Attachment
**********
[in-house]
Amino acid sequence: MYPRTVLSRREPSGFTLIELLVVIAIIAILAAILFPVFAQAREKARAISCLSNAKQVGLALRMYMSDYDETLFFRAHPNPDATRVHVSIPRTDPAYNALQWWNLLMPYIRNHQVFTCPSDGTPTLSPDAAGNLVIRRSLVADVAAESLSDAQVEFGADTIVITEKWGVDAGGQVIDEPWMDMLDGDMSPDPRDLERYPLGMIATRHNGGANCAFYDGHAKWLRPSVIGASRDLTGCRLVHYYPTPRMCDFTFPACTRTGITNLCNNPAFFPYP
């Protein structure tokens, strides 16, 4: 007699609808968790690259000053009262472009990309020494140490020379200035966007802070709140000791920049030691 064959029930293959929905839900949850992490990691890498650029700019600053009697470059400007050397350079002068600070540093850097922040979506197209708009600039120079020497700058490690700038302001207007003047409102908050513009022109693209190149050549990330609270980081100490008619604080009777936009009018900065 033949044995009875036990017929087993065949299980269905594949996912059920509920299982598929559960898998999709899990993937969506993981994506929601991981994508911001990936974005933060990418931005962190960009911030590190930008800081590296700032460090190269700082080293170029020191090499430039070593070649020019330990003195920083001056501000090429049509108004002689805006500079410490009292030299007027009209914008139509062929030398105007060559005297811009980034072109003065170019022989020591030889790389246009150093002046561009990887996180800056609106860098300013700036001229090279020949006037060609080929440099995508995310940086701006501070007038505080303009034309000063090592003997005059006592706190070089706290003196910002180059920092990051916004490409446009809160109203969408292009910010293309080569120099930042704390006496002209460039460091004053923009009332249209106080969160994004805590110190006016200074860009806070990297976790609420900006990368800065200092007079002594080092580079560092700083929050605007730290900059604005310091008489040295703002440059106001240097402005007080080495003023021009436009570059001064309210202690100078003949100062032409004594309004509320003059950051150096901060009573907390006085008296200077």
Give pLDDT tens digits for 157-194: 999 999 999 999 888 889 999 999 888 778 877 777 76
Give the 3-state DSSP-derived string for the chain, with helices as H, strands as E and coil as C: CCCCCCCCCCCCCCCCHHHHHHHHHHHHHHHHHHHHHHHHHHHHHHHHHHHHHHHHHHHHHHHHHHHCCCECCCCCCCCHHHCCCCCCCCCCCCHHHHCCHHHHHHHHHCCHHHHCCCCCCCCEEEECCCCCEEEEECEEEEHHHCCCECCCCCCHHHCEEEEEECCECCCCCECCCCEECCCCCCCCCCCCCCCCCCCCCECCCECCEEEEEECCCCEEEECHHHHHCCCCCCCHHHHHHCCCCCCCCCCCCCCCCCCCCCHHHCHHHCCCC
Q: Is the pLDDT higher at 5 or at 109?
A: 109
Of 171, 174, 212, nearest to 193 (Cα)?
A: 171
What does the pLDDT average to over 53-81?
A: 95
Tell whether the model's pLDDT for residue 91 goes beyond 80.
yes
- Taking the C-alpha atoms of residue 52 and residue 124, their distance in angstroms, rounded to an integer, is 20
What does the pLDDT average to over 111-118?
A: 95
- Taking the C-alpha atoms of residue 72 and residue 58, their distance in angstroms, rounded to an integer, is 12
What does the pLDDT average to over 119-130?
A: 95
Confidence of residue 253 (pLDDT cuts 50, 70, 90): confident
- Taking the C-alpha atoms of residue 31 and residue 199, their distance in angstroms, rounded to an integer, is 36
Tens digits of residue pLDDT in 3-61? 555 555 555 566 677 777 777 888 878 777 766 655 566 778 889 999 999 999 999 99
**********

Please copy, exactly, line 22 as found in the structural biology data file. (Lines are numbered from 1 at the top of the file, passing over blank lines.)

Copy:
Tens digits of residue pLDDT in 3-61? 555 555 555 566 677 777 777 888 878 777 766 655 566 778 889 999 999 999 999 99